Whoever knew Jonathan Miller was a doctor?
You remember Jonathan Miller, that amiable lunatic among lunatics (Peter Cook, Dudley Moore, Alan Bennett) from "Beyond the Fringe?"
But a doctor? Well, actually he doesn't have much time for practicing medicine these days what with producing operas for the English National Opera, 12 Shakespeare plays for the BBC and writing and lecturing on almost anything under the sun. But MD he is -- specialties in neurology and pathology -- and a lucky thing it is for us too.
Because Jonathan Miller, as amiable as ever and even occasionally as lunatic, is host for public television's "The Body in Question," a 13-week series on man and his innards that debuts tonight on WETA (Channel 26) at 9.
Dr. Miller manages to take something as potentially off-putting to TV viewers as physiology and endow it with, heaven help us, a sense of humor.
(Where, he asks the audience, do most of us get most of our concepts about what goes on inside us? "School science, medical advertisements and butcher's offal.")
And he proves it, of course, with his opening shots of man-in-the-street opinions as to size and placement of such human portions as heart, liver, kidneys, lungs and pancreas. (Do you know where your giblets are? Never mind, almost nobody did.)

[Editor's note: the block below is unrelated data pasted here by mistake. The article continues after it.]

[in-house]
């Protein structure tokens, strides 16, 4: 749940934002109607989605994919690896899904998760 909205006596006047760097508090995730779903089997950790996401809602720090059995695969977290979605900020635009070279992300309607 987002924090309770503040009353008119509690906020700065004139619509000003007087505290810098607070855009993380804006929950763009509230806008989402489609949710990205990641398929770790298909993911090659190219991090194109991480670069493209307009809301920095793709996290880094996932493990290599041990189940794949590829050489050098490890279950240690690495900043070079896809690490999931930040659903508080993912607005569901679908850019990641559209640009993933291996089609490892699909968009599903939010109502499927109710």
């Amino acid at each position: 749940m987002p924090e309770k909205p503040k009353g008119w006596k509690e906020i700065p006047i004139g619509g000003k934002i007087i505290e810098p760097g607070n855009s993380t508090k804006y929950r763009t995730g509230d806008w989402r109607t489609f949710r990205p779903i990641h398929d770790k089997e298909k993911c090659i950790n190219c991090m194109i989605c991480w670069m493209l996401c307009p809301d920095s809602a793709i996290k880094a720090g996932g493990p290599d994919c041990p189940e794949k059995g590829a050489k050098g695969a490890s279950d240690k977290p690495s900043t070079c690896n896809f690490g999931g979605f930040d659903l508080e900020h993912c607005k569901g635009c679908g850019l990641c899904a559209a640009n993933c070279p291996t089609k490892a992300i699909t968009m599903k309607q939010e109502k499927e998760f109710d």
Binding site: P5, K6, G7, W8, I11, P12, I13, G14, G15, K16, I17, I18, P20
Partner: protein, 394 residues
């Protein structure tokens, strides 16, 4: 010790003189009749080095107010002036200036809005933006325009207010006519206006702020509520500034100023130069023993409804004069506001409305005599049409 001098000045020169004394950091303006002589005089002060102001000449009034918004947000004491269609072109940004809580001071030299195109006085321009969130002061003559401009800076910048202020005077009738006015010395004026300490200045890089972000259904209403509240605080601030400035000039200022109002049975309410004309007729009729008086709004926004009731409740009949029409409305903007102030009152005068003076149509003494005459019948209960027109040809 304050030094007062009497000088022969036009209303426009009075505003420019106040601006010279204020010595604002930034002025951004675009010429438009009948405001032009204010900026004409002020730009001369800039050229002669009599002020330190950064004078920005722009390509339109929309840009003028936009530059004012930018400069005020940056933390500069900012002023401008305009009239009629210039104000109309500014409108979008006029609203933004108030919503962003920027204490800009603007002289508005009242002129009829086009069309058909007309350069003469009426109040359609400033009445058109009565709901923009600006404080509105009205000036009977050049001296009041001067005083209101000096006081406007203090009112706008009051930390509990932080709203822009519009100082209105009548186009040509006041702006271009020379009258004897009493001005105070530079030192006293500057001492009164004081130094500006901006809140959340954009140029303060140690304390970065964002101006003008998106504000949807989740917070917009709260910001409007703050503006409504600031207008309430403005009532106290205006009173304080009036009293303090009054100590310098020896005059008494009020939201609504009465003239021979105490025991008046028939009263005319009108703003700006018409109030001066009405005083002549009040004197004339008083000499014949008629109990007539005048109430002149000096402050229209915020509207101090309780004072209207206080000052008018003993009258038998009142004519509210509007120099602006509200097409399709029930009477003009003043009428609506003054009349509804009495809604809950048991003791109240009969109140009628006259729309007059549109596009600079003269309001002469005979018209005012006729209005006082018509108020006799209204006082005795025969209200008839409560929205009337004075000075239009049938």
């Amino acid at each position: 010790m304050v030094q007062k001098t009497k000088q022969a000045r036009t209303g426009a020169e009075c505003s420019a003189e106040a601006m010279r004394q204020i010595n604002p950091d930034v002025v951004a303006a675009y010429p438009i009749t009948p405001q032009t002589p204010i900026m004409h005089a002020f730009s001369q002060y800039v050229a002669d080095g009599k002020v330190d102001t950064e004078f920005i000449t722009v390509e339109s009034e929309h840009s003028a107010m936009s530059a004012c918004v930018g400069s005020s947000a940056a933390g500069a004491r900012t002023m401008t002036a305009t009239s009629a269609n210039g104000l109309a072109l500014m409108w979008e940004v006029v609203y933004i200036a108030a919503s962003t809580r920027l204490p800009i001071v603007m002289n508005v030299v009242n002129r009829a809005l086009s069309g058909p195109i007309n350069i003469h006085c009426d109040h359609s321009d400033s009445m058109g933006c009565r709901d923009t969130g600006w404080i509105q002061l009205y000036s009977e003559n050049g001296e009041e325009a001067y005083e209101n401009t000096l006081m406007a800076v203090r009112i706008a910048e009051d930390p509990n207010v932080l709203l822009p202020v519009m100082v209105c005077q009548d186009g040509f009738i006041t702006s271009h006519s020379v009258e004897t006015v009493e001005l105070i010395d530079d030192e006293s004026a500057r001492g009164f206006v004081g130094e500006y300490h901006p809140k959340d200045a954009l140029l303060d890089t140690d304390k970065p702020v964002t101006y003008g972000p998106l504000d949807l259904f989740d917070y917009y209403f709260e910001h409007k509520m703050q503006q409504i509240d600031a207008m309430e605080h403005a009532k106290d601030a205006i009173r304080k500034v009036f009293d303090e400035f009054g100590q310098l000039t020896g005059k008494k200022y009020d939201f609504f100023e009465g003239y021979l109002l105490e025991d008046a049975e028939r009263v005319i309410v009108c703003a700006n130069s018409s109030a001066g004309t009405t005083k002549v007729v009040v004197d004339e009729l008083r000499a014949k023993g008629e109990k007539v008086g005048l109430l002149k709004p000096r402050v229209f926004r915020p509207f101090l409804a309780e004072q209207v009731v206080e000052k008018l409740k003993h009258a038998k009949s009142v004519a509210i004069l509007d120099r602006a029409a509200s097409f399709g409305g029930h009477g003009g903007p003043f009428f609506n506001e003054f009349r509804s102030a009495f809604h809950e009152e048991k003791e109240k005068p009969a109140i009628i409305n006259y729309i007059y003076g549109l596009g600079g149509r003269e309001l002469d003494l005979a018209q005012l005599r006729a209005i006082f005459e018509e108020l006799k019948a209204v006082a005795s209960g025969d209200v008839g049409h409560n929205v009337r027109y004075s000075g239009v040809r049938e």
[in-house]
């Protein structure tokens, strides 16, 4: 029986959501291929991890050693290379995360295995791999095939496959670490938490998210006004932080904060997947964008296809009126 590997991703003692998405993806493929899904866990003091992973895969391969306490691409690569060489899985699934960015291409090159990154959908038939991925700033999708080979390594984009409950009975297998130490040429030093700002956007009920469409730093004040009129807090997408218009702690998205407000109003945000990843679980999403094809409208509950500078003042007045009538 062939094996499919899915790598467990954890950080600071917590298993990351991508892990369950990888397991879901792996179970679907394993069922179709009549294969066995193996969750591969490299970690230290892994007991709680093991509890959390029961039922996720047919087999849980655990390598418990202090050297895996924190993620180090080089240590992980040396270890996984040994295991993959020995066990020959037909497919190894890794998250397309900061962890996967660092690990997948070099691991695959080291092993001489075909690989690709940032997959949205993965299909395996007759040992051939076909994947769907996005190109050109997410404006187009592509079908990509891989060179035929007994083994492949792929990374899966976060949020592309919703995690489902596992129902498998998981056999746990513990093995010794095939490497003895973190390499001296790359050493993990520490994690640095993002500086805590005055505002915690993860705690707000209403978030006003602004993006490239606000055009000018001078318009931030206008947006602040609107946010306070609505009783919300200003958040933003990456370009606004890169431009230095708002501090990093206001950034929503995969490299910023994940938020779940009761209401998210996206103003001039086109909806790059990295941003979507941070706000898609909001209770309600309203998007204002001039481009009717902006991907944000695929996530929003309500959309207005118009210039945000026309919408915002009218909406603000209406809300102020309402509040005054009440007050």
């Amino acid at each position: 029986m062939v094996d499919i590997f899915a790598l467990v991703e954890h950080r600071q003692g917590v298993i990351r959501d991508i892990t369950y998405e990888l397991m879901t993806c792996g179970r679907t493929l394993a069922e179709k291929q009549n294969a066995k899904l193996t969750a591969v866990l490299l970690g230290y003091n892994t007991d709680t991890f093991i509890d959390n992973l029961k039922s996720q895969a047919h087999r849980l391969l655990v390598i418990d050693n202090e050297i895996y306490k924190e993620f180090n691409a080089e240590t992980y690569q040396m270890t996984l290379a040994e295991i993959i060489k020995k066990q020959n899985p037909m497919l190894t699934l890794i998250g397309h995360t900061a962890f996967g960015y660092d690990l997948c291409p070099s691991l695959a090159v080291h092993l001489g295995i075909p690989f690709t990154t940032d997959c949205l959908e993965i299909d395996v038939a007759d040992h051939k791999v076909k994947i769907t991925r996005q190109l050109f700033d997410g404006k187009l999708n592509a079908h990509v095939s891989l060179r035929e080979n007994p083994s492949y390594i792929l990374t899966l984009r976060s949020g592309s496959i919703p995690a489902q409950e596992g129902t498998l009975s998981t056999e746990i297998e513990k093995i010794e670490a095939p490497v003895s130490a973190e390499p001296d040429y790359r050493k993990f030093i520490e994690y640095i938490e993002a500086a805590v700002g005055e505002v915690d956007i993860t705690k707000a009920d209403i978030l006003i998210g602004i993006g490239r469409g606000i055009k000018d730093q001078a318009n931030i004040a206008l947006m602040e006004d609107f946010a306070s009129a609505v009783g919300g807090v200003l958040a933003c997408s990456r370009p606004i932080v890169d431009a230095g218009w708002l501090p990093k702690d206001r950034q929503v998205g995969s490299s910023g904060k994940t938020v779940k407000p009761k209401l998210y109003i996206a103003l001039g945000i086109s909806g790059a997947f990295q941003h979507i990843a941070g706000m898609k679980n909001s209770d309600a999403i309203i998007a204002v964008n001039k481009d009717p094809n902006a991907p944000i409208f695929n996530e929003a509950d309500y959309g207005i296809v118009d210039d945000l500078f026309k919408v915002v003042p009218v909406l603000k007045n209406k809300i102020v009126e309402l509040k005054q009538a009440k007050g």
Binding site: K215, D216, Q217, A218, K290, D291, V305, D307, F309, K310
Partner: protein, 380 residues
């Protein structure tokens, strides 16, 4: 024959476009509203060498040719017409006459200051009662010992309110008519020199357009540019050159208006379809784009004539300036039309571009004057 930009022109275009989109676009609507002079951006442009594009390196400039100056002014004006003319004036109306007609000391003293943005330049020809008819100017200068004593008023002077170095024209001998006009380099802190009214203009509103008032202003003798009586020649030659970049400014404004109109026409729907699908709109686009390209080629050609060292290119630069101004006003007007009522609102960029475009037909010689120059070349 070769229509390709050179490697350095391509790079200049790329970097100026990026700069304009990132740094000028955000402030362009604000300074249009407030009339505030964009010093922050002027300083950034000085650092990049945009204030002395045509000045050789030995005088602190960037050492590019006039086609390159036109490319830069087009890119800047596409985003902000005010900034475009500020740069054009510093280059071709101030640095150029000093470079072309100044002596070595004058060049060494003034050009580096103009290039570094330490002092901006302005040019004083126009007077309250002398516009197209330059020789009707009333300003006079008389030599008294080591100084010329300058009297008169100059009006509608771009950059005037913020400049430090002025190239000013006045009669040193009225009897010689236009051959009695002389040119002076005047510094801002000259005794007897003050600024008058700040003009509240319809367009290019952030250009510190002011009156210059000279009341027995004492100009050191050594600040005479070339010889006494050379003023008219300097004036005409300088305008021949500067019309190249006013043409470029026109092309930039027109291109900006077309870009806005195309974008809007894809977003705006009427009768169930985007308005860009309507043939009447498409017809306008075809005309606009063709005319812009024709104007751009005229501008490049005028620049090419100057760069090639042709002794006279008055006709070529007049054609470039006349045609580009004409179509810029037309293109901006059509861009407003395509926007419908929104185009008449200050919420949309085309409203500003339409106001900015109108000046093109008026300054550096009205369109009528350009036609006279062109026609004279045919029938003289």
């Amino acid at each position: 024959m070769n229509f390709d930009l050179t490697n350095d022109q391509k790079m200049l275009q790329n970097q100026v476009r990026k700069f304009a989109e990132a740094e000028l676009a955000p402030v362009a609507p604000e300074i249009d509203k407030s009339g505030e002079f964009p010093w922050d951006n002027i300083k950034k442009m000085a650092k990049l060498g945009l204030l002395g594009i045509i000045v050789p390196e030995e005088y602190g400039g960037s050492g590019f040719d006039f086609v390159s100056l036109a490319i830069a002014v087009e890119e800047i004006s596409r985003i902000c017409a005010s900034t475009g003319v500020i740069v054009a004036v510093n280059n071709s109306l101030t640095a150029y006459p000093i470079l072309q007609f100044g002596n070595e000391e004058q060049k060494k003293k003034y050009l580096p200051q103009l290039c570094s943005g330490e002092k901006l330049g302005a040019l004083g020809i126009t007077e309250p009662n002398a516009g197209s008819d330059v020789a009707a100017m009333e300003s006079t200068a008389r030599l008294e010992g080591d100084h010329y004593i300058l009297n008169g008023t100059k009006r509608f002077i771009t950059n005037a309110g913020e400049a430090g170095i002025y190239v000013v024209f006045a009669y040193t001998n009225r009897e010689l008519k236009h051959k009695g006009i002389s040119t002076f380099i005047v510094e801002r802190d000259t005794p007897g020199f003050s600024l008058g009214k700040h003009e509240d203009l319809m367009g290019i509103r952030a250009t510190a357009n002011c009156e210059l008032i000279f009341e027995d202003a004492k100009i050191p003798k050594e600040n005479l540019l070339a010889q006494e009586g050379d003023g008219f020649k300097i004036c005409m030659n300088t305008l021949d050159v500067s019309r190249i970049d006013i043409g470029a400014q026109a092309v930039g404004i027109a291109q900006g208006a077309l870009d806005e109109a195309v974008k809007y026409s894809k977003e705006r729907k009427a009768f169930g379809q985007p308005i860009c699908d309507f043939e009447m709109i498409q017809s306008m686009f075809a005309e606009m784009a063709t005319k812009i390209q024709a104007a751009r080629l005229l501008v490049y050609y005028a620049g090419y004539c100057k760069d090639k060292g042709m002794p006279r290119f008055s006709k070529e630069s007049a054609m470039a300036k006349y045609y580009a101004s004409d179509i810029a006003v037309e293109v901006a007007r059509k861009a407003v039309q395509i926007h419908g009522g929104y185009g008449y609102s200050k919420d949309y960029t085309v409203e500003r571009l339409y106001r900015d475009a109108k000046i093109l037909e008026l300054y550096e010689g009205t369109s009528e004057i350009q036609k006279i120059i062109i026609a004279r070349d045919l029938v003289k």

He spices a discussion of liver's myriad duties with lines like, "But let me stop this hepatic rhapsody . . ."
Not, however, before he discusses the "French national obsession" with that much-abused organ.
It's a given in France that any medical problem between the neck and the knees is the liver, unless it's a pregnancy. But in Germany, reports Dr. Miller,"It is circulation," which is regarded as an amorphous organ of its own, a kind of "central heating system," for whatever ails you.
"As yet," he says, "there is no American national organ . . . but the British have this national fantasy about the last four feet of the intestine . . ."
For the next 30 seconds or so, Miller engages in a mugging display of epic and irresistible proportions. (This is a doctor?)
In any case, this first, only slightly grisly, tour of some of the things that go on inside that most of us don't think about much, is the kind of modern medical physiology lesson that ought to be required watching for everybody from about the age of 8 on up, especially, perhaps, for those do-it-yourself-health folk among us.
Tonight's opener is called "Naming the Parts," and is, in fact, a preview of the dozen programs to come, each of which will focus on what modern medicine is finding out about our remarkable feedback systems operating just under the surface -- and what ancient medicine thought about them as well. j
These programs ought not to be missed. Alas, WETA has, as yet, scheduled no repeats for this sugar-coated medical cram course and its zany, brilliant, eloquent host.